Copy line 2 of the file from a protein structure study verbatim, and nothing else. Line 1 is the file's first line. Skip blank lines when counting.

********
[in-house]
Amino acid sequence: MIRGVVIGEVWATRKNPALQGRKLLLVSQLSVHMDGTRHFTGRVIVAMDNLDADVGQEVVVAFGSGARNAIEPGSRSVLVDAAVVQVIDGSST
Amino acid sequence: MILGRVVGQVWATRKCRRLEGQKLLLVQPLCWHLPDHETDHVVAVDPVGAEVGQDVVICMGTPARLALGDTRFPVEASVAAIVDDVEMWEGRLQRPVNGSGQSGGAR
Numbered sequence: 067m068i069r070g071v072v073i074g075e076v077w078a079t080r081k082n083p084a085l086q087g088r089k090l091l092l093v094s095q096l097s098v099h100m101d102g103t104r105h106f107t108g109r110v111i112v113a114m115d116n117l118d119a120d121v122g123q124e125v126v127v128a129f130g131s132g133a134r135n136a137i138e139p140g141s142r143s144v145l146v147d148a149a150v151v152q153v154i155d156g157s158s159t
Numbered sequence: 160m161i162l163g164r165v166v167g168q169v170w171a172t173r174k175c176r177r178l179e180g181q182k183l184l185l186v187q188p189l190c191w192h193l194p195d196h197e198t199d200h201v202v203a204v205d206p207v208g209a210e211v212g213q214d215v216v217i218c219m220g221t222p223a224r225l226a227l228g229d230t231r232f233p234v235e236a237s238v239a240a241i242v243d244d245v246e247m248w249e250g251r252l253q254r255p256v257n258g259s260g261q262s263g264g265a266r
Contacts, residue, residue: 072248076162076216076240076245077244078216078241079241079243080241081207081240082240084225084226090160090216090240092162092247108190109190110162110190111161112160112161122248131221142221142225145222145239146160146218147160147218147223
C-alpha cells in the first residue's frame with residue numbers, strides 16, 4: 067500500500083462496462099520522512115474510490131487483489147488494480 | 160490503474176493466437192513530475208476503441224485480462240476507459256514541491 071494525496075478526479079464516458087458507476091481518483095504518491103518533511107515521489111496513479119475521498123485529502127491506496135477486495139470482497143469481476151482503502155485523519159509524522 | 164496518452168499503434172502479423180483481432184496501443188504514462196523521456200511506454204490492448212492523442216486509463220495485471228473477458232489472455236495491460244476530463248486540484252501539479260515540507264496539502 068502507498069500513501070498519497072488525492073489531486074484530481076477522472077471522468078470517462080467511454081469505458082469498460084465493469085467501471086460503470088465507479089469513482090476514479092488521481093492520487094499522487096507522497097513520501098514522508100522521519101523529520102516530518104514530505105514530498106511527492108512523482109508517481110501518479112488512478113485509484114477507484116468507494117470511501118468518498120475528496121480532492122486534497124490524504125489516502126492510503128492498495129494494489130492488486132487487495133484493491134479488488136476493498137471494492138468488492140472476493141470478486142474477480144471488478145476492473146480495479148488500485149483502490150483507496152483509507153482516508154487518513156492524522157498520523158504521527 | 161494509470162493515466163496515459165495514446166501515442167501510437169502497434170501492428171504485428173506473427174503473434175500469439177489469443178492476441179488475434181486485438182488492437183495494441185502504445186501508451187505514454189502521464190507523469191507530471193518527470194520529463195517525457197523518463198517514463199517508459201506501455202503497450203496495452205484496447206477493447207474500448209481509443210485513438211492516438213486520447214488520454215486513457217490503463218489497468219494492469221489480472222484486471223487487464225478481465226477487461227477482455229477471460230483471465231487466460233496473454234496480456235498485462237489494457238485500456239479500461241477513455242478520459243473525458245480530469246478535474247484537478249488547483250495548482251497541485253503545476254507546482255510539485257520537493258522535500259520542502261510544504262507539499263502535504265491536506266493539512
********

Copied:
Amino acid sequence: MIRGVVIGEVWATRKNPALQGRKLLLVSQLSVHMDGTRHFTGRVIVAMDNLDADVGQEVVVAFGSGARNAIEPGSRSVLVDAAVVQVIDGSST